Here are some reasons why you might not be losing weight on a vegetarian diet.

You’re eating too many calories

Vegetarian sources of protein including beans, legumes, nuts and seeds are high in overall calories when consumed in large quantities.

“In order for a vegetarian to meet protein needs, these foods need to be eaten in larger volumes than meat,” says Zumpano. “For example, a 4-ounce piece of lean meat provides about 200 calories and 28 grams of protein. To obtain that same amount of protein from beans you would need to consume more than 2 cups of cooked beans, which provide close to 400 calories.”


It’s the same issue with nuts: 1 ounce of nuts provides 200 calories and the equivalent protein to a 1-ounce piece of lean meat, but the meat is only 55 calories.

“That being said, when consuming beans, treat these as your source of protein and carbohydrate in the meal. Avoid including another carb like potatoes, pasta or rice,” advises Zumpano. “Instead, allow yourself a greater amount of beans to be able to better meet your protein needs.”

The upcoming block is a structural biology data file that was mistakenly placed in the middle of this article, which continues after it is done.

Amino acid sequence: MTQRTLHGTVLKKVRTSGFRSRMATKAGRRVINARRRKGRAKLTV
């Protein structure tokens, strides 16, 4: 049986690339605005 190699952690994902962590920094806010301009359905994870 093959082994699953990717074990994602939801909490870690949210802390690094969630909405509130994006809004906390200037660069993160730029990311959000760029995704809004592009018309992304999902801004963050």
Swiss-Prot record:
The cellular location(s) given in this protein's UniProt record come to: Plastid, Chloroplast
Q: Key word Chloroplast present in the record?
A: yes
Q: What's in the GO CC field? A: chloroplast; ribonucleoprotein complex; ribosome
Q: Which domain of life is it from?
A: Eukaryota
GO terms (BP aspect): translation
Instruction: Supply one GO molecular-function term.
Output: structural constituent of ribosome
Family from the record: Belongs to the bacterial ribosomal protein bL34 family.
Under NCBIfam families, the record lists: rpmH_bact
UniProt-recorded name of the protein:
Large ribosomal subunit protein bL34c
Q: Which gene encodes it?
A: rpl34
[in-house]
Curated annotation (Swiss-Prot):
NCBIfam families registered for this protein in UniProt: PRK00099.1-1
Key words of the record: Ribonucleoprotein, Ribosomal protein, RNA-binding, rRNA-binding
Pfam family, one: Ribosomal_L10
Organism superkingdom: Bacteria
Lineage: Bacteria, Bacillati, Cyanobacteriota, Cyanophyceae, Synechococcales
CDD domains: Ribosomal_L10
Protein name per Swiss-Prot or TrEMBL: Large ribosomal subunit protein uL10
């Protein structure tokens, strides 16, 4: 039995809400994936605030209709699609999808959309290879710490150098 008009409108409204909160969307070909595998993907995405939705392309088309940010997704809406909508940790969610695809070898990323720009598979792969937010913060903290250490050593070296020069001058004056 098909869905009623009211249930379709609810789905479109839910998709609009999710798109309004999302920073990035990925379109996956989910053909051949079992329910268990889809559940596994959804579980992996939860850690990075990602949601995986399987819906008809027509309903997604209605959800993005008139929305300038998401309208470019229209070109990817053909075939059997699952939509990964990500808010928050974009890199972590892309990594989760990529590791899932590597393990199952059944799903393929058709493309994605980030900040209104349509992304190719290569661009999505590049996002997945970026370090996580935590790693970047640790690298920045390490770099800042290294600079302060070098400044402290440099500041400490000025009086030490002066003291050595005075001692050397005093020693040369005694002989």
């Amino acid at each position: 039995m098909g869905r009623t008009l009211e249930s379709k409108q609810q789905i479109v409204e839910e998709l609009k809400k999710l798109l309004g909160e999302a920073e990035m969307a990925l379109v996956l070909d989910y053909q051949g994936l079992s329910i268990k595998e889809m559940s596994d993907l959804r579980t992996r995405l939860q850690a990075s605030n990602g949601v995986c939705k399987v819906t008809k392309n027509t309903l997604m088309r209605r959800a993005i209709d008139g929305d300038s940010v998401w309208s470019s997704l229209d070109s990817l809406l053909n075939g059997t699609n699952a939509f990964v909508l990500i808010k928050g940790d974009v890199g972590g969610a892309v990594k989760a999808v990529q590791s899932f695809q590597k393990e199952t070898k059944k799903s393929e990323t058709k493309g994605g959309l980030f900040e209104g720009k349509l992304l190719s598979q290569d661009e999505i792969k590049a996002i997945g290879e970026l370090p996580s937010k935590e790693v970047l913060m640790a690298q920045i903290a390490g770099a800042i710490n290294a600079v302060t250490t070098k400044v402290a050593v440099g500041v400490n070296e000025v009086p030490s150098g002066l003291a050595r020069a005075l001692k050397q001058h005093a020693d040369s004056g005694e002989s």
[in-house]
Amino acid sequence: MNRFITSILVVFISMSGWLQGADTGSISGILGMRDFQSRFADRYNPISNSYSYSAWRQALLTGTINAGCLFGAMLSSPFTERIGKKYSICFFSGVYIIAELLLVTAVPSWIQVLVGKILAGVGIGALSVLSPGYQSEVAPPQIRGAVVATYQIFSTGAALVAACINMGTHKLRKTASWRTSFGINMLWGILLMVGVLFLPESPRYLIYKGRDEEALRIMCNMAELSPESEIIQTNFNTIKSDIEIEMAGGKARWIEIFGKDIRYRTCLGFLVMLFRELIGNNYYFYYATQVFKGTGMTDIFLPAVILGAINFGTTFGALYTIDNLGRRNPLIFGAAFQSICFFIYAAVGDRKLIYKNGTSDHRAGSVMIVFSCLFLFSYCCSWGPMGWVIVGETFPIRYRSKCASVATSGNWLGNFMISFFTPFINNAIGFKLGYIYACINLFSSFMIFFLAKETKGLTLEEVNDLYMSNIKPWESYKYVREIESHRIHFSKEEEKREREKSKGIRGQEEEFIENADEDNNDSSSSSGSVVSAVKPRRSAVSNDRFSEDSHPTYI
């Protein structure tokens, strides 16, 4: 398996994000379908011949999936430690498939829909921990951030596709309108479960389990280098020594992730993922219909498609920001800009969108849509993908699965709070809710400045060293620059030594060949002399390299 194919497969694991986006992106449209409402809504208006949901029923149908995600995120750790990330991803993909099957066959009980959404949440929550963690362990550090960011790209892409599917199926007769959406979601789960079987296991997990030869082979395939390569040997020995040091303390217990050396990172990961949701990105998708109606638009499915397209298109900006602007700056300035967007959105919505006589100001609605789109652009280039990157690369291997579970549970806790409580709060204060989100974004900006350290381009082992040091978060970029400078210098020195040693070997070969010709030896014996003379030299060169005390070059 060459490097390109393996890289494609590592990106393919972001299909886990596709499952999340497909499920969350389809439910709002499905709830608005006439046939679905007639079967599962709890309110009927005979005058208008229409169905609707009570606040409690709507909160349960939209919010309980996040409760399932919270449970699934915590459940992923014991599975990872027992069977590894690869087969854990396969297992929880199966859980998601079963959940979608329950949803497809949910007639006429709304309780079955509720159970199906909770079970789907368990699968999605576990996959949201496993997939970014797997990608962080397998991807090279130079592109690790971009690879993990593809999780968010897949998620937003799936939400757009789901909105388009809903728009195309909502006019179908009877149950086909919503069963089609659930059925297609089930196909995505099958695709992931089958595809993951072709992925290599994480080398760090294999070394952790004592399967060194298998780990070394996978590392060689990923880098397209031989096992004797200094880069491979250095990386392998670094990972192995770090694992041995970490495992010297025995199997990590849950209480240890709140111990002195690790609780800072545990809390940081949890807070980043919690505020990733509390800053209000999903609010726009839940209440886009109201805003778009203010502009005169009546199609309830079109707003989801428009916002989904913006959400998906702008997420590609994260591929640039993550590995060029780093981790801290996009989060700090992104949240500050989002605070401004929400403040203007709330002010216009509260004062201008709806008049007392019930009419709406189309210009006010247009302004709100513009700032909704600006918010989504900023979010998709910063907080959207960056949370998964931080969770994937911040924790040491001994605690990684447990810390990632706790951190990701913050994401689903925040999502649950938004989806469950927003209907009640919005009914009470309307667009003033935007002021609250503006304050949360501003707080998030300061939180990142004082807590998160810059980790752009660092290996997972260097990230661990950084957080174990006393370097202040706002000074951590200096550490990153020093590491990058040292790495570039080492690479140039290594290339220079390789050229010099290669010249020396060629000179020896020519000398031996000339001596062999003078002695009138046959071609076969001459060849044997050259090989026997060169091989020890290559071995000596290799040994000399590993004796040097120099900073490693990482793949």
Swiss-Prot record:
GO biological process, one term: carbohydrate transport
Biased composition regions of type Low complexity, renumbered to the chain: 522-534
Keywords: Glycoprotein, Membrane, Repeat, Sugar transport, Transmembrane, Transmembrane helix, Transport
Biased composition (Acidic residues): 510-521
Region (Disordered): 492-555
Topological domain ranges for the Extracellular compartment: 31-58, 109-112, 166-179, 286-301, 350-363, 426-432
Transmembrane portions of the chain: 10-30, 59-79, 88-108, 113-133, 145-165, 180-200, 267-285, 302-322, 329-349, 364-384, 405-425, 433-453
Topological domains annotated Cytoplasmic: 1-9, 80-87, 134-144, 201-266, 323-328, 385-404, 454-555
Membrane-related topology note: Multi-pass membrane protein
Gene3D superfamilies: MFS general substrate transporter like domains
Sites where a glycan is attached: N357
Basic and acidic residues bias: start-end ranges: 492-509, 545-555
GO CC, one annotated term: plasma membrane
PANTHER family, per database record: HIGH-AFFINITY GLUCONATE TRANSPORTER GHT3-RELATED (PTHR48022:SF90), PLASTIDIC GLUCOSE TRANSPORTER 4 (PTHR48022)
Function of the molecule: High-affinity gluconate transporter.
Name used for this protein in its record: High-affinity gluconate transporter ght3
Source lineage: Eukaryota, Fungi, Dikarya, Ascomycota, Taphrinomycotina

Another great tip is choosing vegetarian sources of protein that don’t contain as many carbs like tofu, seitan, tempeh or dairy products like Greek yogurt, cottage cheese, ricotta cheese and eggs or egg whites.

You’re eating too many refined carbs

Yes, you can eat carbs on a vegetarian diet. But the mistake many of us make is consuming too many refined carbs. Yes, we’re talking about pizza, pasta and bread.

Those options lack fiber and tend to leave you still feeling hungry. Therefore, you tend to eat more of them.

Instead, focus on eating sweet potatoes, butternut squash, oatmeal, beans and lentils. These complex carb options, which are full of fiber, are better because they don’t cause your blood sugar to spike as quickly.

“It’s OK to enjoy an occasional slice of pizza or bowl of pasta, but keep your portions down when you do and always include a protein source and plenty of vegetables to keep you full,” Zumpano says. “For example, make a pasta primavera dish with various veggies and throw in some chickpeas or lentils for protein. Try a veggie pizza with fresh mozzarella and have a side salad.”

You’re eating too many calorie-rich foods